As Geoff Colvin writes in Fortune: “No such rule exists anywhere in law or regulation—many U.S. companies quite legally outsource all their production—yet it’s now effectively a new regulation, a dictate from the president himself. Ironically, Trump even told the room that keeping operations and jobs in the U.S. was part of the price they must pay for less regulation.”
Real deregulation reduces the rules for everyone across the board and otherwise allows free enterprise be…free. This is what the rule of law looks like. It allows people to learn the rules, count on their stability, and just do business. Punitive reregulation, followed by gratuitous deregulation, based on the discretion of political managers, is not what freedom looks like.
What Trump is doing isn’t deregulation. It’s rule-of-man being substituted for rule-of-law. As onerous and excessive as existing regulations may be, at least they can be influenced through defined processes and, if necessary, litigated. Regulations that exist only as presidential comments cannot be.
Keep in mind that a major reason for outsourcing now is due to exactly the policies that Trump favors. It’s the sugar tariffs that drive up the price domestically in order to subsidize the corn industry. Makers of sweets like Nabisco and Mars have fled to Canada to get away from the effects of the protectionism that Trump himself favors – thus creating the opposite of the intended consequence.
There is a tendency of politics to corrupt every term.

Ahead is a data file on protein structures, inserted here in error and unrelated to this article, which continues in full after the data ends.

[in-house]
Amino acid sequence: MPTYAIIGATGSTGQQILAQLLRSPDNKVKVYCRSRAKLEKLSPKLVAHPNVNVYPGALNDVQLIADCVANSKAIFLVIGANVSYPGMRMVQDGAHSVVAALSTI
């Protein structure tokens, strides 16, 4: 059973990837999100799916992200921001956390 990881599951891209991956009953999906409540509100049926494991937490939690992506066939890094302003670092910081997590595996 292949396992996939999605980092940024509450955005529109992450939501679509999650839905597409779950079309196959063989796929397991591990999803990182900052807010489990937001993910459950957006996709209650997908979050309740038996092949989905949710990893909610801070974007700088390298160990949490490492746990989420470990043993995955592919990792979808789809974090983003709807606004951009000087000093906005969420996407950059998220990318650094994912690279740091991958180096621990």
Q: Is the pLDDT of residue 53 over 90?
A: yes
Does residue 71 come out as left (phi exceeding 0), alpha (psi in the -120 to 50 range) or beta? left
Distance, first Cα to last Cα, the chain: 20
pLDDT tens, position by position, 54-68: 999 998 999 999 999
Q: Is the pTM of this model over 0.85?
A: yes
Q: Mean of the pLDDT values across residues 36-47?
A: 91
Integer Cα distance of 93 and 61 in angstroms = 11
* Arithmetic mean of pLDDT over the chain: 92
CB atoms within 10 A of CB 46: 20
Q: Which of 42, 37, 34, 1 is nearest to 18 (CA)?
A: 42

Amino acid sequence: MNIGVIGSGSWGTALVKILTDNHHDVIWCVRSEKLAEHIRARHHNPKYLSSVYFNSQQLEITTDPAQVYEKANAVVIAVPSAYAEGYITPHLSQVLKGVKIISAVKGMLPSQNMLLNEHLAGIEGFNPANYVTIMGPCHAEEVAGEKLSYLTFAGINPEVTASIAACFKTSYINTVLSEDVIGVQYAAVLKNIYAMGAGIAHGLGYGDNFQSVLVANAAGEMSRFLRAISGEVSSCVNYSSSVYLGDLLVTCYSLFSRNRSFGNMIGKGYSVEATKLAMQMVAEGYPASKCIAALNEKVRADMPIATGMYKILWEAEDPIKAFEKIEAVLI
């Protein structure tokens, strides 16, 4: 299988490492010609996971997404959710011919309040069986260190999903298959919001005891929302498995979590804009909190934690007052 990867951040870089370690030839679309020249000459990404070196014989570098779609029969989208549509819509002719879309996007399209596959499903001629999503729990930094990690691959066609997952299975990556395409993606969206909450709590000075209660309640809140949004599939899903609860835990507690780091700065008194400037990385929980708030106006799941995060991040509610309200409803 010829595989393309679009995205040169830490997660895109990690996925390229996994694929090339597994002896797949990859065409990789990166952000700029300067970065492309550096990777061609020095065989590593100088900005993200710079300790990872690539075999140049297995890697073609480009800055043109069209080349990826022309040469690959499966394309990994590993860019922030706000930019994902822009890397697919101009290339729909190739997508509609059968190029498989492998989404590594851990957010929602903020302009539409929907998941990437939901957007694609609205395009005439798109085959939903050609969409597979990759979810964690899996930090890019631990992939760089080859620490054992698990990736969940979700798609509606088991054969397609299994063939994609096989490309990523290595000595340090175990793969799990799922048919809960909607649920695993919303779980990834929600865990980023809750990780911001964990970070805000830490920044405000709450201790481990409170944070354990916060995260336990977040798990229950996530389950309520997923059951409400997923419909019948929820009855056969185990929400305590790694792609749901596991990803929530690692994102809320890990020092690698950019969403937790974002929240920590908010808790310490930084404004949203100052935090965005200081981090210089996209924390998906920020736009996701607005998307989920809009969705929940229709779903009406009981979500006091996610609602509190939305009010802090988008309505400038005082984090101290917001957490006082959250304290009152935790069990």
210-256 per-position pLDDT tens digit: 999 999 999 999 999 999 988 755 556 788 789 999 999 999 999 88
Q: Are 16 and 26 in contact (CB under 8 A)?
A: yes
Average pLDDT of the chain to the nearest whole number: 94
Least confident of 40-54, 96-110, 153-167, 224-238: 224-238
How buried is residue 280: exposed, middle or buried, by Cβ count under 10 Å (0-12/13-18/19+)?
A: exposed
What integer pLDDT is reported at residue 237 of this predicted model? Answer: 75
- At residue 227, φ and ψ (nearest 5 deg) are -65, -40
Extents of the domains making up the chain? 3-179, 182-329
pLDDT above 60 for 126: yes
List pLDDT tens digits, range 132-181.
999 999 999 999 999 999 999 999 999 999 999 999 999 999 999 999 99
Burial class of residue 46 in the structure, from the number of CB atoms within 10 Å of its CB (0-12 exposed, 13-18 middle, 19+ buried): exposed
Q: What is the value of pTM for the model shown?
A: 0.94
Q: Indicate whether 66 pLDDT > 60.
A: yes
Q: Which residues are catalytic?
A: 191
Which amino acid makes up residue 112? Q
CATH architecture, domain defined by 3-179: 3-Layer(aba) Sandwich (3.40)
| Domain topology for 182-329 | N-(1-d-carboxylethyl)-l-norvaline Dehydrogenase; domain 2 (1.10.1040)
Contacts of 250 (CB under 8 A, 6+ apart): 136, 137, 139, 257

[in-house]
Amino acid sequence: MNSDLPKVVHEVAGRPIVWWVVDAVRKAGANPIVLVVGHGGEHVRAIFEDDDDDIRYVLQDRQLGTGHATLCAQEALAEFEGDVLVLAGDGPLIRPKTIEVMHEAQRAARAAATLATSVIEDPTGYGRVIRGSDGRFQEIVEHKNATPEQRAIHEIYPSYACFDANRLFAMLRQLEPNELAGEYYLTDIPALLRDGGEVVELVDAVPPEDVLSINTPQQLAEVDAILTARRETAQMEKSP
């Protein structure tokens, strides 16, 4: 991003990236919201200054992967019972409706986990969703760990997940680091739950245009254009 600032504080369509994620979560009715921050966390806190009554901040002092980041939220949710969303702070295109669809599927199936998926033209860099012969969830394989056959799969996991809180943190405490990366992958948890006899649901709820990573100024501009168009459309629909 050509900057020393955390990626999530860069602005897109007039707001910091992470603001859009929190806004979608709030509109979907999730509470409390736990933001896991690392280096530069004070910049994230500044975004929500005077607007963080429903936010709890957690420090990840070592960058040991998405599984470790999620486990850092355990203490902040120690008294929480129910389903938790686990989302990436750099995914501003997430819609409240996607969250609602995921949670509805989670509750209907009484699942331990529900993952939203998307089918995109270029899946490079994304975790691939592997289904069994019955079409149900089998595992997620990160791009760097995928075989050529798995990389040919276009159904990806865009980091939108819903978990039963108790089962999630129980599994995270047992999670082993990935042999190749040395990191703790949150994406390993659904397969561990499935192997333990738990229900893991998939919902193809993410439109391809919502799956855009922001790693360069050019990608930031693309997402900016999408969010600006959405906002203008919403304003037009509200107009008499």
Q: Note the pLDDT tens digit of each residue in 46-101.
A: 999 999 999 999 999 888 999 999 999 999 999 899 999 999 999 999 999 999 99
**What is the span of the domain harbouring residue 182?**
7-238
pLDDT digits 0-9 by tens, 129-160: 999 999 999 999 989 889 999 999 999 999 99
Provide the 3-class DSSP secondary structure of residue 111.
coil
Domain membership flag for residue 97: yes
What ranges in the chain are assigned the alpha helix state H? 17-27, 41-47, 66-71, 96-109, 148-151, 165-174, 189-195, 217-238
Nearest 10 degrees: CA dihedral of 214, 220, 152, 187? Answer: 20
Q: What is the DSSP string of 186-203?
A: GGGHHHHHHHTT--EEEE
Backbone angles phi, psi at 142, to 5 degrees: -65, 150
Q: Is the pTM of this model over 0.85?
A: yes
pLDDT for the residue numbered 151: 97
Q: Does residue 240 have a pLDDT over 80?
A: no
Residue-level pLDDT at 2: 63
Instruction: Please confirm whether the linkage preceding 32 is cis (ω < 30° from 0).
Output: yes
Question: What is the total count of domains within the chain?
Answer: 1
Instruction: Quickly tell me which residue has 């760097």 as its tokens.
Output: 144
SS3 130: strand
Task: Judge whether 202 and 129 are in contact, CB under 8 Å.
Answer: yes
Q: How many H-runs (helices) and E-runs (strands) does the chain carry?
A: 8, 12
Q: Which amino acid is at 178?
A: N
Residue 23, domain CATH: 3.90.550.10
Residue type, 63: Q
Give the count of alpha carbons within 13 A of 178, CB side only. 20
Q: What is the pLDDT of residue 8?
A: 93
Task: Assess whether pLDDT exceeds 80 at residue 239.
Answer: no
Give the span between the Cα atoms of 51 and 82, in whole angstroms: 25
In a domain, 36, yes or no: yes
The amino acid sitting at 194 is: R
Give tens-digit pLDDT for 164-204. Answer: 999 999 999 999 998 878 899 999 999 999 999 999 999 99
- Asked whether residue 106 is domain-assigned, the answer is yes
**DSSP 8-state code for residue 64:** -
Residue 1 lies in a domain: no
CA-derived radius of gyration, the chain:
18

So it might be with Trump’s form of deregulation. If it is going to mean putting the president in charge of manufacturing priorities and resource procurement, and decisions over hiring, in exchange for which you are given some special privilege in the law, no one is made freer. This could introduce inefficiencies and irrational decision-making that will be radically incompatible with job-creating enterprise.
There is a tendency of politics to corrupt every term. Liberalism used to mean actual liberty. Privatization once meant selling off government enterprises, not contracting out to private providers. It’s true with deregulation too. It is supposed to mean removing the government boot from the throat of business, not the opportunity to bargain for breathing room.
Jeffrey Tucker is Director of Content for the Foundation for Economic Education. He is also Chief Liberty Officer and founder of Liberty.me, Distinguished Honorary Member of Mises Brazil, research fellow at the Acton Institute, policy adviser of the Heartland Institute, founder of the CryptoCurrency Conference, member of the editorial board of the Molinari Review, an advisor to the blockchain application builder Factom, and author of five books. He has written 150 introductions to books and many thousands of articles appearing in the scholarly and popular press.
This article was originally published on FEE.org. Read the original article.